The Ability of Clinical Tests to Diagnose Stress Fractures: A Systematic Review and Meta-analysis
Schneiders AG, Sullivan SJ, Hendrick PA, Hones BD, McMaster AR, Sugden, BA, Tomlinson C. J Orthop Sports Phys Ther. 2012; 42(9): 760-771
As a clinician, early identification of stress fractures in patients is paramount to establishing a course of action for intervention and treatment. Unfortunately, without immediate access to medical imaging (e.g., magnetic resonance imaging [MRI], radiography, or scintigraphy) we often rely on subjective complaints, location of pain, details from the athlete’s training, medical history, and clinical examination tests despite little evidence to support their diagnostic ability. Schneiders et al performed a systematic review and meta-analysis on the literature involving the diagnostic efficacy of clinical tests for stress fractures. Utilizing eight electronic databases, the authors initially identified 9,321 studies published between January 1950 and June 2011 for possible inclusion. These studies specifically compared clinical tests to radiological imaging of lower extremity stress fractures. After review of each study’s title, abstract, and full texts (when available); the authors narrowed the pool to nine studies that underwent quality assessment using the Quality Assessment of Diagnostic Accuracy Studies (QUADAS) tool. Seven studies investigated therapeutic ultrasound and two studies investigated the use of a tuning fork to identify stress fracture in the lower extremity. MRI and scintigraphy were used as reference imaging to confirm the accuracy of these two clinical tests. The authors found that ultrasound had a pooled sensitivity (correctly identify with a stress fracture) of 64% and specificity (correctly identify absence of a stress fracture) of 63%. These results indicated a low to moderate ability for stress fracture diagnosis. Furthermore, ultrasound had a small positive likelihood ratio (probability of a positive test in someone with a stress fracture divided by the probability of positive test in someone who doesn’t get a stress fracture) of 2.09 and negative likelihood ratio of 0.35. For the two studies that investigated the use of tuning forks, a meta-analysis was not possible so each study was reported individually. Sensitivity/specificity and likelihood ratios presented by these studies were poor. Overall, this review did not support using ultrasound or tuning forks as a stand-alone diagnostic technique for stress fracture identification.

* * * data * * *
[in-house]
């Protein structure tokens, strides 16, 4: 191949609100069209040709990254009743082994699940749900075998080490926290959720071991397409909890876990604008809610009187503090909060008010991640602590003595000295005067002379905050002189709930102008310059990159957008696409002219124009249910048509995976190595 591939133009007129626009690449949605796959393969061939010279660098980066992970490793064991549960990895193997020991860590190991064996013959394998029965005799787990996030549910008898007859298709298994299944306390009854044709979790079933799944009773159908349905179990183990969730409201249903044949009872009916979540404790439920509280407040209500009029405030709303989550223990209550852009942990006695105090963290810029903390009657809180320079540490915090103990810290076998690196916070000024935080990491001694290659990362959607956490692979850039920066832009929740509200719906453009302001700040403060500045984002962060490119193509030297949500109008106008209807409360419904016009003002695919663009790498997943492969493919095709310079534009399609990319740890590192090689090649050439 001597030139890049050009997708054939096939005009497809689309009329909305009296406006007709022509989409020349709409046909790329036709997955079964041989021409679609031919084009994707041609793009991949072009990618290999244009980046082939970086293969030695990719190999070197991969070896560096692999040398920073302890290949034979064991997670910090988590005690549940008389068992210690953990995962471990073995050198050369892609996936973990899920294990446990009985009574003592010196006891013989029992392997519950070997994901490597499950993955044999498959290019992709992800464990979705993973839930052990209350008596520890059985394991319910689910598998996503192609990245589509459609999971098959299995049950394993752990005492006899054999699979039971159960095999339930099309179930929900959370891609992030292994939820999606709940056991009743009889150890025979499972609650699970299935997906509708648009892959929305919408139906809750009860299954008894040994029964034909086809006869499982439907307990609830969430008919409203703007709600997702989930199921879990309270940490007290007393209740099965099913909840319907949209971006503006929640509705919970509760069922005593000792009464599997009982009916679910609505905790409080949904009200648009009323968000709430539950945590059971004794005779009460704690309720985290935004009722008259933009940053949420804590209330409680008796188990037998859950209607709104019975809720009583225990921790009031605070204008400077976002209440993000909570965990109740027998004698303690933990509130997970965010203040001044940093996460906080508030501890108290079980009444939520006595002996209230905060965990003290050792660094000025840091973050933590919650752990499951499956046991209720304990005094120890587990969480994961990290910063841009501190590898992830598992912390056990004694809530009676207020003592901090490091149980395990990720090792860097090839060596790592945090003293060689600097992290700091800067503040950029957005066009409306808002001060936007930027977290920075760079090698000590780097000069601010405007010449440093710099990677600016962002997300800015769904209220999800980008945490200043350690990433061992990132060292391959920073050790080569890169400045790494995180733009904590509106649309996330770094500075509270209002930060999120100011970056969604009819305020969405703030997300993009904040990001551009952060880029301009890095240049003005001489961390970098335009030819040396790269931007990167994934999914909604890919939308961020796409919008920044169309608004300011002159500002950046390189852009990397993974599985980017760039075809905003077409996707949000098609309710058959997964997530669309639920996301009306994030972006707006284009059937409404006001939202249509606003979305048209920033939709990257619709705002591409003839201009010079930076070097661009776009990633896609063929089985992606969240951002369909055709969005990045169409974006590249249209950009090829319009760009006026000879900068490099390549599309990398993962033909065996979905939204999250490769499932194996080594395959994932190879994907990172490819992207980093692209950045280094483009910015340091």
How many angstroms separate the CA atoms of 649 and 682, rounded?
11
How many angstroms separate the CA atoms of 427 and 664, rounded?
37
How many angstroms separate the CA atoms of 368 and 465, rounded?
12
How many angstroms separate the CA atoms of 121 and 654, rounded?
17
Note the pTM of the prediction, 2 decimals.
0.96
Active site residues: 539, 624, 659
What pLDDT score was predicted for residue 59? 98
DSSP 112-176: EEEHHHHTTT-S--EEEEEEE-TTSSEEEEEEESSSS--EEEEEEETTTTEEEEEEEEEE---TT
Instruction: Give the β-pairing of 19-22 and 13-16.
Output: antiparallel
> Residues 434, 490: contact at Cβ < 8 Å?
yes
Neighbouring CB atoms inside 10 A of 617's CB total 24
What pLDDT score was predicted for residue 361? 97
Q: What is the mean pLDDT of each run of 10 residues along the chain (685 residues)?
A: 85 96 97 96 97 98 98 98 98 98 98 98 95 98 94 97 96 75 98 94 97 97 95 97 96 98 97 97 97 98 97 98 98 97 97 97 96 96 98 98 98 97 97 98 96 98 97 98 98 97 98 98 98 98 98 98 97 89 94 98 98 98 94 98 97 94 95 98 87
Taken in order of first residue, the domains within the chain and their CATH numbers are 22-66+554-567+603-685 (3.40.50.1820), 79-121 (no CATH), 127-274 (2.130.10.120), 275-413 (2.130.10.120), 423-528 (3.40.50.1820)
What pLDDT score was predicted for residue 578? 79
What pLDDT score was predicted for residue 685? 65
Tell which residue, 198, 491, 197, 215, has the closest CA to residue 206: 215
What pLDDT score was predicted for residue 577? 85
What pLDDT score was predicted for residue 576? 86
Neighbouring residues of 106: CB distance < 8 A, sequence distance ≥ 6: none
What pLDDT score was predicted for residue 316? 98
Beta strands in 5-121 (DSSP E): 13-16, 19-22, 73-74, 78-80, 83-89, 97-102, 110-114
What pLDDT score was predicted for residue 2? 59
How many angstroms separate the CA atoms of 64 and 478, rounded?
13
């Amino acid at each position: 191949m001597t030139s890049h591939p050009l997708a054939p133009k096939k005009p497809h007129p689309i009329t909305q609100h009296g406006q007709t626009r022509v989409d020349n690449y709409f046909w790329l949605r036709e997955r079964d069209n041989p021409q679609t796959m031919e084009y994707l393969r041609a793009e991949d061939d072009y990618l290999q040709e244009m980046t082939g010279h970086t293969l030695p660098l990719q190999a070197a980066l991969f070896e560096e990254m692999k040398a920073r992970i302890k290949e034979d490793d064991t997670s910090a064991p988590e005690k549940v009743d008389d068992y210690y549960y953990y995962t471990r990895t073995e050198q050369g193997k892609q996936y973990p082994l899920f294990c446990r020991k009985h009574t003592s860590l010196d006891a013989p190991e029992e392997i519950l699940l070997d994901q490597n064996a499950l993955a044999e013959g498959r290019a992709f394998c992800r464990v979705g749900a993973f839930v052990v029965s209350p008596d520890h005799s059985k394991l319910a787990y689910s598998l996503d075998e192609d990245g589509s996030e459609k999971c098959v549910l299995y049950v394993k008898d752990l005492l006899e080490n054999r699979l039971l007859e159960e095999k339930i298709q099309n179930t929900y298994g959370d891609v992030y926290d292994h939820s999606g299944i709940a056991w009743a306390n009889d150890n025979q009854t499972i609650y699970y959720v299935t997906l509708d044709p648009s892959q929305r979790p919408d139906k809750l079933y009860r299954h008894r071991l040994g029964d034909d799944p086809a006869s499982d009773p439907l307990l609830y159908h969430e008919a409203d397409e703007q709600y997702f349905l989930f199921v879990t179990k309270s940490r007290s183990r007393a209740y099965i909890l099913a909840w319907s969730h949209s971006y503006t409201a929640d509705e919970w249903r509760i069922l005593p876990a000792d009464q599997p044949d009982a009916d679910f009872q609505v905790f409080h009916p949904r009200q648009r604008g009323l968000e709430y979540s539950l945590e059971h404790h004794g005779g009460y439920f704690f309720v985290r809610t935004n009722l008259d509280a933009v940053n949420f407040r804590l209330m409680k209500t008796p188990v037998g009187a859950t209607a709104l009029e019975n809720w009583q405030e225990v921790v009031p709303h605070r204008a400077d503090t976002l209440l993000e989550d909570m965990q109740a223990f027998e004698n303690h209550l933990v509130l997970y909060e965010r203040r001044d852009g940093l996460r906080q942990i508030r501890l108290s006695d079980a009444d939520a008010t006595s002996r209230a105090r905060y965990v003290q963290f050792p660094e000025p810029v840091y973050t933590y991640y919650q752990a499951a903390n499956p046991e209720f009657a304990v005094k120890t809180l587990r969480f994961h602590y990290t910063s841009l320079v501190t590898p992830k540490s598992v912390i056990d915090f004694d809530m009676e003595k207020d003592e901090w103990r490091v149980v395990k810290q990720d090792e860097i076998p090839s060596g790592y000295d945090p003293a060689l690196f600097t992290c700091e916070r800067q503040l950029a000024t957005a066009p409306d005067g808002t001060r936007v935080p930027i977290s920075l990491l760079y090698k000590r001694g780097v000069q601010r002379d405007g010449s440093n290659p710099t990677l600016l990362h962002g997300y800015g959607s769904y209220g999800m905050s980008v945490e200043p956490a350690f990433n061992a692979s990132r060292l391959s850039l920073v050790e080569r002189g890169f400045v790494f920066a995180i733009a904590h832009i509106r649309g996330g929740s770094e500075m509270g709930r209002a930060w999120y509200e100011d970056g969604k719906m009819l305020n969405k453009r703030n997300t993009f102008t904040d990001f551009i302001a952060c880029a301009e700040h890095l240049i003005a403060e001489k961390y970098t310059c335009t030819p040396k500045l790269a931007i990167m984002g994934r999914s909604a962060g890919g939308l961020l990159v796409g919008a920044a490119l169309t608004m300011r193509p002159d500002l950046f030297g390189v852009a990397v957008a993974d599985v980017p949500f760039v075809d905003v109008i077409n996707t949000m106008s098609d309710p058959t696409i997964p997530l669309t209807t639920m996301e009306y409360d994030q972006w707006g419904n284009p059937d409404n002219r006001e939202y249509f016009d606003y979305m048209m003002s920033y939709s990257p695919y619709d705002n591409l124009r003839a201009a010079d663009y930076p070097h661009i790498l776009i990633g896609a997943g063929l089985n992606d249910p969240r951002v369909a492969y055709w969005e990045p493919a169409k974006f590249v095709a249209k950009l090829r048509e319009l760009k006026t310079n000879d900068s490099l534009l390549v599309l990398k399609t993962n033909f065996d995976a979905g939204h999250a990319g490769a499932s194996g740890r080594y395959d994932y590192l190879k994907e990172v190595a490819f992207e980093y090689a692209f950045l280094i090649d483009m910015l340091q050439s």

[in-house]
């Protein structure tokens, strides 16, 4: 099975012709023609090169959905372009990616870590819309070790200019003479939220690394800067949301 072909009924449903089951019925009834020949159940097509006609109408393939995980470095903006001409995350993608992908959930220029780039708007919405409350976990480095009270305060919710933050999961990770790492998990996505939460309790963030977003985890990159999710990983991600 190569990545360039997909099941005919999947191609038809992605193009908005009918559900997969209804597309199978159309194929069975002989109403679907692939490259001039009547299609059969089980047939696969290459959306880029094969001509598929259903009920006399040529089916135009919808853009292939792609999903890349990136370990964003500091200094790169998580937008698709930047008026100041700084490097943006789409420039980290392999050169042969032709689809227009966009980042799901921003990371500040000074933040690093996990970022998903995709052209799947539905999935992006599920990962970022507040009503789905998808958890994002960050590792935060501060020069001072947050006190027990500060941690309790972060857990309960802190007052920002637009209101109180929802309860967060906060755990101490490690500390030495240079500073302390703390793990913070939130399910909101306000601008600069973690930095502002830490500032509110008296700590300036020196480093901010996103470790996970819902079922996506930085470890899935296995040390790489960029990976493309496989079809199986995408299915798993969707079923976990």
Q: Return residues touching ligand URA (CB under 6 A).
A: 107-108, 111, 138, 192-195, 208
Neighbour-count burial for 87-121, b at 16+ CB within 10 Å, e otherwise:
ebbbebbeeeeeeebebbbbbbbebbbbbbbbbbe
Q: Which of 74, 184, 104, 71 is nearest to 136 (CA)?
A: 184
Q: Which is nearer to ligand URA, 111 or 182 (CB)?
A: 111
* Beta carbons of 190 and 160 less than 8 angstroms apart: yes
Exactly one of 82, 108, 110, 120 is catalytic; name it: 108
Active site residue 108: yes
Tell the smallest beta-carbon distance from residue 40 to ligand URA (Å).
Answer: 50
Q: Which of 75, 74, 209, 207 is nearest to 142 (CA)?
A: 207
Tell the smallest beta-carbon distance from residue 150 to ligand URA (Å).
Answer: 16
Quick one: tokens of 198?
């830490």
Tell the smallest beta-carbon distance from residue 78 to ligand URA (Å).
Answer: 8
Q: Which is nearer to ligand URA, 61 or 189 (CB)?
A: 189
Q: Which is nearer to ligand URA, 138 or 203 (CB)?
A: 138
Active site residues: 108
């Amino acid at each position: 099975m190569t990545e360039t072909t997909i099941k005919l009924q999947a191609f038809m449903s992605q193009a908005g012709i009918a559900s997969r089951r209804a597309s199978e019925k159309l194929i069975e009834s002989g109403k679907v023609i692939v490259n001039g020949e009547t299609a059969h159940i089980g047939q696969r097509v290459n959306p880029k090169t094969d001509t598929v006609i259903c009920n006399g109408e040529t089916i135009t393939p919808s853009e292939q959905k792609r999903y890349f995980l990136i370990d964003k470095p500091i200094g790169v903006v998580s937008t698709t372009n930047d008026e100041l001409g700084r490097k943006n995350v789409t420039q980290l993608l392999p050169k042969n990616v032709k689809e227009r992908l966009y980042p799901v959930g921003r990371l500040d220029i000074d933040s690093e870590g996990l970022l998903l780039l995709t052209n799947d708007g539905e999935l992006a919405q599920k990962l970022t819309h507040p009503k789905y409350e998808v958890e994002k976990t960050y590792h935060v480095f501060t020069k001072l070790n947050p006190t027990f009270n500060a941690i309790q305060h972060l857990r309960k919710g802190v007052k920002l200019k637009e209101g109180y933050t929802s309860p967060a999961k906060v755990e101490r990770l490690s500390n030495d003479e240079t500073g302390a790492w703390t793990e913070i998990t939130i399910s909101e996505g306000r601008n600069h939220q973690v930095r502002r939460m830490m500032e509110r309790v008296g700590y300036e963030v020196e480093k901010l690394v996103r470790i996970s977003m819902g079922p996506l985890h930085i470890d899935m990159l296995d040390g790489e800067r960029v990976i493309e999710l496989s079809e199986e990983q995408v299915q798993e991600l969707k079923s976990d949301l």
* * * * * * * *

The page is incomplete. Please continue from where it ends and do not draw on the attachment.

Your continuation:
Stress fractures, particularly of the lower extremity, often lead to time-loss from sport or activity. Early intervention means altering activity and reducing physical stress on the lower body. The results of this systematic review and meta-analysis do not support the use of ultrasound and tuning forks for diagnosing stress fractures as standalone tools. Interestingly, Papalada et al found that therapeutic ultrasound may have the potential to assess lower extremity stress fractures. More research may be warranted to determine if there is an optimal ultrasound protocol for evaluating stress fractures. Until we know more, the clinician should rely on sound skills in obtaining a detailed history, patient reports of pain location and intensity, and cautionary use of clinical tests to confirm a decision of referral for physician evaluation and subsequent imaging. Is ultrasound or a tuning fork part of your evaluation currently? What clinical tests do you use to diagnose a stress fracture of the lower extremity?
Written By: Laura McDonald
Reviewed by: Jeffrey Driban
Related Posts:Schneiders AG, Sullivan SJ, Hendrick PA, Hones BD, McMaster AR, Sugden BA, & Tomlinson C (2012). The Ability of Clinical Tests to Diagnose Stress Fractures: A Systematic Review and Meta-analysis. The Journal of orthopaedic and sports physical therapy, 42 (9), 760-71 PMID: 22813530